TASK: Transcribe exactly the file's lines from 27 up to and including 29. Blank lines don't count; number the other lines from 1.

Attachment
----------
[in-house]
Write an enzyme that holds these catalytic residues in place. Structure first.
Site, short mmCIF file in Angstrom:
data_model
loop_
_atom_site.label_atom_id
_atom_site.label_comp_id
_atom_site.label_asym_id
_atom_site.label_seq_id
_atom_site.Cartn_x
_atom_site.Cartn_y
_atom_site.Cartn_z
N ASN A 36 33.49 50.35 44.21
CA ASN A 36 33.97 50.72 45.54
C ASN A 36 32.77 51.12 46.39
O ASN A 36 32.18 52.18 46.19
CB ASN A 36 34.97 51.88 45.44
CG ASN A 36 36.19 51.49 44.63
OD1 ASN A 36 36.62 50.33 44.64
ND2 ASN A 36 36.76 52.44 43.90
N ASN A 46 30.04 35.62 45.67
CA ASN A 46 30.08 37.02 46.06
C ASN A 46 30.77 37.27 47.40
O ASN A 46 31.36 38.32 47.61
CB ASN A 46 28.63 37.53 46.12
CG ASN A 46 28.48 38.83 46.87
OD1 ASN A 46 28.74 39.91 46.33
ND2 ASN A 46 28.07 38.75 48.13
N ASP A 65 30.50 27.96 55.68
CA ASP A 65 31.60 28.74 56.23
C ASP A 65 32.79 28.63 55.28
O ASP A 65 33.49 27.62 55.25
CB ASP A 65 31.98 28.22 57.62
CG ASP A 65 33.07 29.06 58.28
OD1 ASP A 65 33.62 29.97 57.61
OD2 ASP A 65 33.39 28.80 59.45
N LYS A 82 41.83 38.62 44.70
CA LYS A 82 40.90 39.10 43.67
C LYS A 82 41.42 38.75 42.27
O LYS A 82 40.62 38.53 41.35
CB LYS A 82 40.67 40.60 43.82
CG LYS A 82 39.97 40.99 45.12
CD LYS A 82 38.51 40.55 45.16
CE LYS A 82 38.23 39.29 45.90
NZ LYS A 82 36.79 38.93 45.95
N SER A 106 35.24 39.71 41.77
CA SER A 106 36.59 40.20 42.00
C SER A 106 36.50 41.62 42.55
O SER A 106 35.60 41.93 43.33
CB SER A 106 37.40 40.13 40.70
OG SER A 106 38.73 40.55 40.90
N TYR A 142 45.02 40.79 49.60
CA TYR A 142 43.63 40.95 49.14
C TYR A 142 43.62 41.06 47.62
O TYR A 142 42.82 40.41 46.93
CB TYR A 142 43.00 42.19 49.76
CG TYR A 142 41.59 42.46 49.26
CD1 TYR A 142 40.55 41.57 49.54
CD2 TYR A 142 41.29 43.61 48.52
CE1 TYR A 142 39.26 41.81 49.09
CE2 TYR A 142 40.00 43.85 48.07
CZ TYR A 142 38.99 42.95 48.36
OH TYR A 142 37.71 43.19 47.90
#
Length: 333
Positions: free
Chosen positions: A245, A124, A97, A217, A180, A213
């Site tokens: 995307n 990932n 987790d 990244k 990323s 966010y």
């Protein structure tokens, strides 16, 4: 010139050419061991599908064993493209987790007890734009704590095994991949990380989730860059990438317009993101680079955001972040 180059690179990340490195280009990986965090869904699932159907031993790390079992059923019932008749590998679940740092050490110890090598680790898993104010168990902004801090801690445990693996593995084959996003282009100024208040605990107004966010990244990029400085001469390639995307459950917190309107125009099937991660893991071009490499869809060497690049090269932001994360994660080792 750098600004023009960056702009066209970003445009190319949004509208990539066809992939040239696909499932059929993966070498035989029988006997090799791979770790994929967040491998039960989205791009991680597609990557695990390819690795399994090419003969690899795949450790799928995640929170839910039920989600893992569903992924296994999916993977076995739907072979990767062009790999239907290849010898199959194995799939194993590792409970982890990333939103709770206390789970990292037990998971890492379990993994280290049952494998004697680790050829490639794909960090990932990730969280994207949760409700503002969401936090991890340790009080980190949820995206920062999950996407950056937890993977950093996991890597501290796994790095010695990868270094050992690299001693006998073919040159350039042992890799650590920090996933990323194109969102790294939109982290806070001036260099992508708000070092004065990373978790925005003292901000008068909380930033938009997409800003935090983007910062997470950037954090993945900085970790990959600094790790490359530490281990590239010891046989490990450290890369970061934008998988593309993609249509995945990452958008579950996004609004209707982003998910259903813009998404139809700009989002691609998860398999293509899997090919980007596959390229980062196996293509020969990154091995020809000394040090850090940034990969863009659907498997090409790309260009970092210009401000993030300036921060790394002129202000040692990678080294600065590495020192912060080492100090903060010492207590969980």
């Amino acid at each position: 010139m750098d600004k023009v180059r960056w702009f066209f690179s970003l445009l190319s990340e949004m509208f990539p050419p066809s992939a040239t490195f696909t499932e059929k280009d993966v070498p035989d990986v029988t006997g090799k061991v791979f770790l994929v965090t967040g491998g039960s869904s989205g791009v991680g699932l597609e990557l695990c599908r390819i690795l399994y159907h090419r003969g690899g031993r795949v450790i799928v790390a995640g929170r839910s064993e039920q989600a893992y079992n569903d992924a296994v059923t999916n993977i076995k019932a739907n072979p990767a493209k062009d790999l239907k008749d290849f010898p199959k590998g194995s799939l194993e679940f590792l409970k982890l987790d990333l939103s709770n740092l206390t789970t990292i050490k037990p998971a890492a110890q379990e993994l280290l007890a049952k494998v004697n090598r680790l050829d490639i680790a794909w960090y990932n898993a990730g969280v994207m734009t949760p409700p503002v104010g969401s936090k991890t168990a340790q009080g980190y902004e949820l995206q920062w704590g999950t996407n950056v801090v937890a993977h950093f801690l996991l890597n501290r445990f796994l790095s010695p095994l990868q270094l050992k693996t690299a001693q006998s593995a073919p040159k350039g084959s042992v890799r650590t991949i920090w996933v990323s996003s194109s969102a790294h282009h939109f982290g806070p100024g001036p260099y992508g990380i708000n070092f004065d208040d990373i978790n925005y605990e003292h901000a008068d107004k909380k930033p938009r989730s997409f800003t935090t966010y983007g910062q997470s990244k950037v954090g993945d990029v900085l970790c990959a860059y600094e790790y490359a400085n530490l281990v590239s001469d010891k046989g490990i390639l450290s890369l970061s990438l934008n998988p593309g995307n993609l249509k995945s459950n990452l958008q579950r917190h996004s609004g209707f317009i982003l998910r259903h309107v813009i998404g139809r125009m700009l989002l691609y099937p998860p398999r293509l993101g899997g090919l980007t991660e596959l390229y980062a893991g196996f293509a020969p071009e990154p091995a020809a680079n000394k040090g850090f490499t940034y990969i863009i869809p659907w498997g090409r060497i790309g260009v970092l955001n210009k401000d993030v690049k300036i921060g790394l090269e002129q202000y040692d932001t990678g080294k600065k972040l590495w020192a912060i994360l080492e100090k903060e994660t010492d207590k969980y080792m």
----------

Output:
OD1 ASN A 46 28.74 39.91 46.33
ND2 ASN A 46 28.07 38.75 48.13
N ASP A 65 30.50 27.96 55.68